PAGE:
We all come across the situation where everything in a shot needs to be in focus, yet our equipment only allows for part of it to be in focus. So we stop down. F/11, F/16… still no good. F/32 is close, but still no cigar. The solution of “stopping down” may work, but still has its drawbacks. At f/32, there is little light left to work with and shutter speeds are getting too slow to handhold the camera. Cranking up the ISO to counter that reveals too much noise. Apparently there’s no way to win.

So I tried the method called “Focus stacking”. I have done this successfully with Photoshop, but you all know I like to keep things simple. Photoshop is far from simple and skipping a single (undocumented) step in the process can and will mess up your result.

So Lightroom at 100% it must be.

Lightroom in its latest versions includes a very powerful exposure stacking addon and creates good HDR shots from differently exposed pictures. It stacks them together and you’re off to the races. Focus stacking… not so much. Focus stacking has you taking several shots of the same subject, focused on different depths. You do that by setting the camera focusing to manual and taking a shot. Then move the focusing ring a little and take another shot. The more shots in the series, the better the end result. But beware of processing times.

So now that we have the input images, we need to get something to have Lightroom do the rest. And Lightroom has nothing for that. So we go for a plugin called LR/Enfuse. This handy little plugin was already well-known for its excellent quality of HDR generation. However, it is way more powerful than we give it credit for.

So, go ahead and download it, install it and open it up. In its “shareware” form, it is limited to a 500px wide or high image, enough to see what it can do, but insufficient for good results. So please donate a bit (5 Euros is about a big cuppa Joe where I am, so that’s not too much to ask), it will give you a registration code to get full-sized images.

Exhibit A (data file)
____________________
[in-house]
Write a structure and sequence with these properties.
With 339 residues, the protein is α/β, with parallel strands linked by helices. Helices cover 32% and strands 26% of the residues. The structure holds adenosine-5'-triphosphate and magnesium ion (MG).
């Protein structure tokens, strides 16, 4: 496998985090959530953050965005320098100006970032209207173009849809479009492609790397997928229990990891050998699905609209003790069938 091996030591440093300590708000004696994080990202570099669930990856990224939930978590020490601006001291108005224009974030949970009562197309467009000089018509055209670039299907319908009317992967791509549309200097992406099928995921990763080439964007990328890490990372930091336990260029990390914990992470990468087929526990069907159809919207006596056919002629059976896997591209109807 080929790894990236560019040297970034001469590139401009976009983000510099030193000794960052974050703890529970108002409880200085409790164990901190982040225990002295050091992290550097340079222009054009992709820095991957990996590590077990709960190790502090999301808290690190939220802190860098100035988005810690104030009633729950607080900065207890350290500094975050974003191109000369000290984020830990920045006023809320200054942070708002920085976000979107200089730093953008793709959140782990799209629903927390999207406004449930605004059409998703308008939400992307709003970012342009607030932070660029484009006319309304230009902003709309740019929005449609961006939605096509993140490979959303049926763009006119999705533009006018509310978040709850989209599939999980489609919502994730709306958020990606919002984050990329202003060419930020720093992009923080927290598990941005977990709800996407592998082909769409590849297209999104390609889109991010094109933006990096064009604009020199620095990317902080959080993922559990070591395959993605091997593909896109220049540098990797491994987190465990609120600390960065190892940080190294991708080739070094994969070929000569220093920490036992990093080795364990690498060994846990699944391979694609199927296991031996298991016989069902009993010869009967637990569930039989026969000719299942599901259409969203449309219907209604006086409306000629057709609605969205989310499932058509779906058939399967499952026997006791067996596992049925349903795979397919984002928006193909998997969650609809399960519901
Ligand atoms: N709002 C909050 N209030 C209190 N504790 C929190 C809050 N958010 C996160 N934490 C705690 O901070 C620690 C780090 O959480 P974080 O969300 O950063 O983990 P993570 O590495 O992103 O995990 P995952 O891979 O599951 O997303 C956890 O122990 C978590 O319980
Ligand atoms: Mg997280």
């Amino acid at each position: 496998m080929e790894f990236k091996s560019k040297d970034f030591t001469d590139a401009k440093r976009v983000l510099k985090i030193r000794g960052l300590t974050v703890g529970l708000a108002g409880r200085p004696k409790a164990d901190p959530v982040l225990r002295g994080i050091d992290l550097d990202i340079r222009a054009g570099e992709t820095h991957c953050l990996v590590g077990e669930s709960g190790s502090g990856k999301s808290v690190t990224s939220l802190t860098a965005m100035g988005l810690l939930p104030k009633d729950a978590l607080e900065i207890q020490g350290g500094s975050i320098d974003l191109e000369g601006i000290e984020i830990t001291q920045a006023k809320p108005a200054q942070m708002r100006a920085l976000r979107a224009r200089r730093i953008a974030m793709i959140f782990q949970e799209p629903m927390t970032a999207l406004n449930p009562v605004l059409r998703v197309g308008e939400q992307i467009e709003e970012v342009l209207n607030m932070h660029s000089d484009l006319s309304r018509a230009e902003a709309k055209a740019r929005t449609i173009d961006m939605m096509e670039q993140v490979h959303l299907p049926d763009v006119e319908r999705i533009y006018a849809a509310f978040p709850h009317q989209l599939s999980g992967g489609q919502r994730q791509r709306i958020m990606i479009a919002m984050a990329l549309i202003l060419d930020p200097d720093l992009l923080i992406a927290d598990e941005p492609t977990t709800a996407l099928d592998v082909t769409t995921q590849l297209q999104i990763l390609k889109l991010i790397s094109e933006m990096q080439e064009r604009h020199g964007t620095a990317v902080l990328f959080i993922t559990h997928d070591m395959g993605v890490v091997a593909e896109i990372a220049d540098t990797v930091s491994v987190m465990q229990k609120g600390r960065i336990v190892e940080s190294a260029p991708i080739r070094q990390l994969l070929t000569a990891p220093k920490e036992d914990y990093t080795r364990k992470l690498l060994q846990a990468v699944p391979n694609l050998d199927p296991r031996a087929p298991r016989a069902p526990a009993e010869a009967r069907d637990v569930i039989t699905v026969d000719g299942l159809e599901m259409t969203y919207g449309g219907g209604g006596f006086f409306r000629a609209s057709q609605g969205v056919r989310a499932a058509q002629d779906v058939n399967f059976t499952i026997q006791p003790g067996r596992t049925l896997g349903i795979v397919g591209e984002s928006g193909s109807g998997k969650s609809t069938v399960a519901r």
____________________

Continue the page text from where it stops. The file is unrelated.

By default, LR/Enfuse is set to produce HDR images, or exposure-stacked images, so let’s go and change that.

image

The way I set this up is to reduce the importance or weight of both Exposure and Saturation, then crank Contrast way up. Depending on the subject, these settings can vary for the contrast slider. The others remain at 0.

Time to shoot something.

I chose my desk, cluttered it up a little and put my camera on a tripod with a 60mm f/2.8 macro lens on it. This is not required, but I wanted to have the maximum aperture of f/2.8, which has the minimal depth of field I have in any lens.

Here are the images I used:

20191116-DSC_257020191116-DSC_257120191116-DSC_257220191116-DSC_257320191116-DSC_257420191116-DSC_257520191116-DSC_257620191116-DSC_257720191116-DSC_2578

As you can see, the point of view does not change, yet the focus point is shifting from front to back. It allows for a small portion of the image to be sharp, the rest is out of focus. In other words, this is what you’d get while shooting normally.

Blending these shots together using LR/Enfuse with the above settings yields a very different image.

20191116-20191116-DSC_2570-enfused

All the out of focus parts have been removed, while the sharp parts have been blended together.

The settings tell us that preference should be given to Contrast. And contrast is another way of determining sharpness in a shot. If the contrast is high, then the shot is sharp. If it is low, sharpness is equally low. Sharpening programs have all worked at some point on the contrast level of an image. While older programs simply cranked up the contrast, newer programs will concentrate on the micro-contrast. Contrast between very small groups of pixels, in other words.

Some artifacts are still a bit too visible in my taste, like the yellow sticker on the first hard drive in the shot and on the lens-pen, more shots with less guessing for LR/Enfuse would make that a thing of the past.

The goal here was to create a focus stack using Lightroom “alone” and that is just what I have showed.

Now it’s time to dust off my keyboard, this stacking method seems to bring out the dust a bit too much Smile

Enjoy your stacking!